Flat Earth Thinking, At The Supreme Cart

The Supreme Cartographer, known perhaps
As the final word in the world of maps,
Was told that science had recently found
(To his great surprise) that the world was round.
That as accurate as his maps might appear
He’d improve them at once by assuming a sphere
The idea was new, but the data were strong
And in hindsight it should have been clear all along
It may be unsettling, different, or strange,
But the world is a sphere, and the graphics must change

The Cartographer, though, had (it seemed, since his birth)
Been consistently drawing a pancake-flat earth
These round-planet notions were modern and bold
And the data, while solid, were not very old
“Supposing I change” he surmised, with a cough,
“And a ship finds the edge of the world and falls off?”
His world had been flat now, for thousands of years,
Doing fine, till this radical notion appears.
“The data are strong, but tradition is stronger…
Let’s keep the world flat for a little bit longer.”

Inspired by Justice Alito:

The one thing that the parties in this case seem to agree on is that marriage is very important. It’s thought to be a fundamental building block of society and its preservation essential for the preservation of society. Traditional marriage has been around for thousands of years. Same-sex marriage is very new. I think it was first adopted in The Netherlands in 2000. So there isn’t a lot of data about its effect. And it may turn out to be a — a good thing; it may turn out not to be a good thing, as the supporters of Proposition 8 apparently believe.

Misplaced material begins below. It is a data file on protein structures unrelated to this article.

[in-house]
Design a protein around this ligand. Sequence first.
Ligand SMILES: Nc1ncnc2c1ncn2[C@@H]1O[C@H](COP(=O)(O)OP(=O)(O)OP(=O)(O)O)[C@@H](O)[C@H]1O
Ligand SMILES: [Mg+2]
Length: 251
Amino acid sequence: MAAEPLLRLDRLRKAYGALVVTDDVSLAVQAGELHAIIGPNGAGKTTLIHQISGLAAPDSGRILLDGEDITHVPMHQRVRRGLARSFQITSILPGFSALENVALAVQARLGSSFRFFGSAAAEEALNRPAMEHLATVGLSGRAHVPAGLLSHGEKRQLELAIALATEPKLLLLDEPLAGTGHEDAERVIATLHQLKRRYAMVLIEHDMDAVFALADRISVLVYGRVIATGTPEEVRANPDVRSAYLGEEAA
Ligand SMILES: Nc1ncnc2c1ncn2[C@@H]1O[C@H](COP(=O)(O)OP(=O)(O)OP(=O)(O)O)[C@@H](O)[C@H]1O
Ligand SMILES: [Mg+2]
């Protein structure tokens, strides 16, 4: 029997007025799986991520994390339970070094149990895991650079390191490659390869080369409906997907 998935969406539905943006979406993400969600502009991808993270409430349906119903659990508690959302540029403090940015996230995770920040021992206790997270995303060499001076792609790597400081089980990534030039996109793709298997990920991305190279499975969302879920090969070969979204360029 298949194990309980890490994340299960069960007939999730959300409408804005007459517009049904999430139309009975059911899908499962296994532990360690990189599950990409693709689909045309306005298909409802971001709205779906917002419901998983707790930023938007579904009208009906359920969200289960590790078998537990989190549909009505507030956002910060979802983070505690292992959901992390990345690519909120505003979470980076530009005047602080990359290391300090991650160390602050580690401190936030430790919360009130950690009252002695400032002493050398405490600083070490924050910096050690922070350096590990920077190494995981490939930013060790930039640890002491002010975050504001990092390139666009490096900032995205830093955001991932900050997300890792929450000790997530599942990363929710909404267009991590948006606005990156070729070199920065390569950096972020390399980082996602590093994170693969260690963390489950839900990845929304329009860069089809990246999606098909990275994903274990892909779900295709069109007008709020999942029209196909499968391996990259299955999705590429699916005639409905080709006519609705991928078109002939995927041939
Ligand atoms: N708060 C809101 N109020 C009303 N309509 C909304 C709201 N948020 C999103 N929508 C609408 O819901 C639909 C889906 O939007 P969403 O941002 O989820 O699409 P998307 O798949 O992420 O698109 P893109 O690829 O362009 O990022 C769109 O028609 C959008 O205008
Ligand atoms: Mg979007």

But you want us to step in and render a decision based on an assessment of the effects of this institution which is newer than cell phones or the Internet? I mean we — we are not — we do not have the ability to see the future.


  1. The Lorax says

    Modern same-sex marriage was adopted in modern times. Wow, what a revelation.

    Homosexual relationships, however, are so old that they’re traditional.

    So, that settles that then, right? … right?

  2. justsomeguy says

    So his entire argument is “new things are bad?” Or just “new things are very suspicious and should be handled with high scrutiny?”

  3. Cuttlefish says

    I keep hearing “The Lottery”, and the justification of “this is the way we’ve always done it”. Nothing more.

  4. iknklast says

    OK, this explains an answer we got from our boss not too long ago. When we asked about a change, and why this major change had been so sudden, he told us it wasn’t sudden, he’d been boss for five years, and had thought about it off and on over that time. So, the definition of sudden is merely subjective, depending onl how long you’ve known about it. So the definition of traditional is whatever Alito thinks it is. No matter the fact that marriage as we know it (and as we knew it in the all-popular 1950s) isn’t really two millennia old. Surely someone was thinking about setting it up that way all that time, and all the other ways in which marriage has been practiced were just waiting until they decided to make it so. Then, it was traditional. I don’t know – that’s very confused. But then, so is Alito.

  5. Matt G says

    So the SCOTUS is looking at this not as an issue of justice, but at its possible effects on society? Sounds like a certain logical fallacy….

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